Talking is one of the best therapies. Not only does it take the weight off your chest, it also helps you to understand how you are feeling, simply by saying it out loud. Of course, you don’t have to talk to anyone if you don’t feel comfortable, but even talking to yourself in private can make a difference. I’m sure we all do it anyway. If you do want to talk to someone, find someone you trust and who you know will listen without judgment. This could be a friend, family member, doctor or therapist. We all go through difficult periods, so it’s most likely that others understand how you are feeling, which is always comforting to know.
a l l o w y o u r s e l f t o r e s t
As tempting as it is to ignore any feelings of stress, sometimes you have to stop and say enough is enough. Whether that means taking an hour, a day, or longer to rest and get yourself back on track, it has to be done. Ignoring problems only makes them worse, so don’t feel guilty to admit that you need time for yourself. I’ll hold my hands up and say I’ve felt guilty for letting others down, but health is your wealth, so make looking after yourself a priority once in a while.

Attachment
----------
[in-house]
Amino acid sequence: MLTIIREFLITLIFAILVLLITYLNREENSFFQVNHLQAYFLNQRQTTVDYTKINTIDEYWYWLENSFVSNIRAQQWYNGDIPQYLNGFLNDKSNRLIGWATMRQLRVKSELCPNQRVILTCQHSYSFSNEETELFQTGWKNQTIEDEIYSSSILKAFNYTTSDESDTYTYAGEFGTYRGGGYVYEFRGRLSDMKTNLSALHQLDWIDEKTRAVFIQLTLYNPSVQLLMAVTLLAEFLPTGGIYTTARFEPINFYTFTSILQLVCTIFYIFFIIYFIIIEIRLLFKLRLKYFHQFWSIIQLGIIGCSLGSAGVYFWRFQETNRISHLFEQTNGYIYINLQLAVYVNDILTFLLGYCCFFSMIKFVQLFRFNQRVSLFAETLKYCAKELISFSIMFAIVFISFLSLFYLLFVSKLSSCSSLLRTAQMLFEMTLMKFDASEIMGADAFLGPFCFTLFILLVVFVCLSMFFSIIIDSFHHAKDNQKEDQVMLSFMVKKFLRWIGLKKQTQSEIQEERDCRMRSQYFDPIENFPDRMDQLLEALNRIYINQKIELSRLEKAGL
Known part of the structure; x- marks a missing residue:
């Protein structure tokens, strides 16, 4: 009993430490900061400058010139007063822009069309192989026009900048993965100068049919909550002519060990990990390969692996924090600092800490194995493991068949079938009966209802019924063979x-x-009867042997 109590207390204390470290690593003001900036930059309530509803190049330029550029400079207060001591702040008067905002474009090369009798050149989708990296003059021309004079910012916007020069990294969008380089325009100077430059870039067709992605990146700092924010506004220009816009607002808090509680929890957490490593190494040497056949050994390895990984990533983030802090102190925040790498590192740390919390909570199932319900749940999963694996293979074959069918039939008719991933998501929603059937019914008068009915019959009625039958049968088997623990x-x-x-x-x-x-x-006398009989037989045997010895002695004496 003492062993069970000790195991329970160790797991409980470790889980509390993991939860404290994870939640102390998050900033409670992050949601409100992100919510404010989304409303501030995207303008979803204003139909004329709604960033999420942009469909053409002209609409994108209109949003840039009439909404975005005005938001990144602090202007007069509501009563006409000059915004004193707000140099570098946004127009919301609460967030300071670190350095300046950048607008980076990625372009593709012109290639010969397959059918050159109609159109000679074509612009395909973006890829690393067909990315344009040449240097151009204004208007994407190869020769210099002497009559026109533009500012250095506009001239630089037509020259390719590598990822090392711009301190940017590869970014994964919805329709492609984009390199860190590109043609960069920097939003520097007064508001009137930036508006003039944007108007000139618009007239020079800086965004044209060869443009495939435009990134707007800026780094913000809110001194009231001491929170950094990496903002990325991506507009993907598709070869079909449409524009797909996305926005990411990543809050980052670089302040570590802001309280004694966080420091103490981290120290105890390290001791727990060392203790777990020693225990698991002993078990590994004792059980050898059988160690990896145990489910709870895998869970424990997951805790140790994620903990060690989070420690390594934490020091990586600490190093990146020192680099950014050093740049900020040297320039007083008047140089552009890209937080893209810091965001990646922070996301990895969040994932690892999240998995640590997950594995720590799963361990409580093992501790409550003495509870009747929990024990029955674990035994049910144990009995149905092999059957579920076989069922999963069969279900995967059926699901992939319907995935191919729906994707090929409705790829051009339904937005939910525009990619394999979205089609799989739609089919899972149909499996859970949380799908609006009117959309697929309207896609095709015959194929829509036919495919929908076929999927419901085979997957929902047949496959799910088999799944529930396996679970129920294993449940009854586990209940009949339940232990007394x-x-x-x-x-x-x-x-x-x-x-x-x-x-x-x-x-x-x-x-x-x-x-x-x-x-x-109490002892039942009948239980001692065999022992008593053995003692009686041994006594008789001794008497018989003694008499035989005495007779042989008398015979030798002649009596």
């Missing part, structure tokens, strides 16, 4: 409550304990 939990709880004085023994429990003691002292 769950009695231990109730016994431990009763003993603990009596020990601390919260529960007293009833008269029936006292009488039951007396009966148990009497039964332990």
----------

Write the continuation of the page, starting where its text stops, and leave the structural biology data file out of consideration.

l a u g h u n t i l i t h u r t s
(e v e n i f y o u ‘ r e f a k i n g i t)
Laughter is a positive way to relieve stress as it can do wonders for physical changes in your body. Not only does it help to increase your intake of oxygen, helping to stimulate your heart, lungs, and muscles, it also stimulates circulation and aids in muscle relaxation, all of which eases the symptoms of stress. Just like exercise, laughing sends signals to your brain to release endorphins making you feel like you’re on a natural high. Laughter can be found anywhere; you don’t always have to watch hours of comedy to feel the benefits. In fact, even forced laughter tricks your brain into thinking it’s real, so you’ll still experience the positive effects.
How do you manage stress when it becomes too much?